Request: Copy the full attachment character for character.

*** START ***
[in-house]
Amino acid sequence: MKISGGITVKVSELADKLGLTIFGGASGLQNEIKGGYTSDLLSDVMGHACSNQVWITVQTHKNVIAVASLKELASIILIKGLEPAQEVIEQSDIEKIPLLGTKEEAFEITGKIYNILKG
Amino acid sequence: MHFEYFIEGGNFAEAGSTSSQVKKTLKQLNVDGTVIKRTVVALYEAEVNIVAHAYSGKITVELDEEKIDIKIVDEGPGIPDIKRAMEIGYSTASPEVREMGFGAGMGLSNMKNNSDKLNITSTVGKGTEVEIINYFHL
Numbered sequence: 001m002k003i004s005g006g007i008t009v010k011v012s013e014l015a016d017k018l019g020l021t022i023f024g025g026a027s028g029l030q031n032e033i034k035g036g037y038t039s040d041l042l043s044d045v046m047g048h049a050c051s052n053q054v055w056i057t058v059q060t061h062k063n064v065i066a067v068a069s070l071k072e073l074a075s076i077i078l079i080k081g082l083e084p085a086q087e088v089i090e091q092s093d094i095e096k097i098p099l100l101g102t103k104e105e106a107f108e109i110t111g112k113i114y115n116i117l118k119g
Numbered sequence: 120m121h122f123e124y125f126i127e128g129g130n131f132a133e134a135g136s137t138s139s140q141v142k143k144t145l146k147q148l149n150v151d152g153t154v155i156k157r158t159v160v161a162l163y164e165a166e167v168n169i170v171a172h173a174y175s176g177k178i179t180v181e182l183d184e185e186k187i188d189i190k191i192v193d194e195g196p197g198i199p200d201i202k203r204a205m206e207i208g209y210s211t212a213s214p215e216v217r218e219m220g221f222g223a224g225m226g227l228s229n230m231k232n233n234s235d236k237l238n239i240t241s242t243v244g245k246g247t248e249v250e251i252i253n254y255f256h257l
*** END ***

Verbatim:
[in-house]
Amino acid sequence: MKISGGITVKVSELADKLGLTIFGGASGLQNEIKGGYTSDLLSDVMGHACSNQVWITVQTHKNVIAVASLKELASIILIKGLEPAQEVIEQSDIEKIPLLGTKEEAFEITGKIYNILKG
Amino acid sequence: MHFEYFIEGGNFAEAGSTSSQVKKTLKQLNVDGTVIKRTVVALYEAEVNIVAHAYSGKITVELDEEKIDIKIVDEGPGIPDIKRAMEIGYSTASPEVREMGFGAGMGLSNMKNNSDKLNITSTVGKGTEVEIINYFHL
Numbered sequence: 001m002k003i004s005g006g007i008t009v010k011v012s013e014l015a016d017k018l019g020l021t022i023f024g025g026a027s028g029l030q031n032e033i034k035g036g037y038t039s040d041l042l043s044d045v046m047g048h049a050c051s052n053q054v055w056i057t058v059q060t061h062k063n064v065i066a067v068a069s070l071k072e073l074a075s076i077i078l079i080k081g082l083e084p085a086q087e088v089i090e091q092s093d094i095e096k097i098p099l100l101g102t103k104e105e106a107f108e109i110t111g112k113i114y115n116i117l118k119g
Numbered sequence: 120m121h122f123e124y125f126i127e128g129g130n131f132a133e134a135g136s137t138s139s140q141v142k143k144t145l146k147q148l149n150v151d152g153t154v155i156k157r158t159v160v161a162l163y164e165a166e167v168n169i170v171a172h173a174y175s176g177k178i179t180v181e182l183d184e185e186k187i188d189i190k191i192v193d194e195g196p197g198i199p200d201i202k203r204a205m206e207i208g209y210s211t212a213s214p215e216v217r218e219m220g221f222g223a224g225m226g227l228s229n230m231k232n233n234s235d236k237l238n239i240t241s242t243v244g245k246g247t248e249v250e251i252i253n254y255f256h257l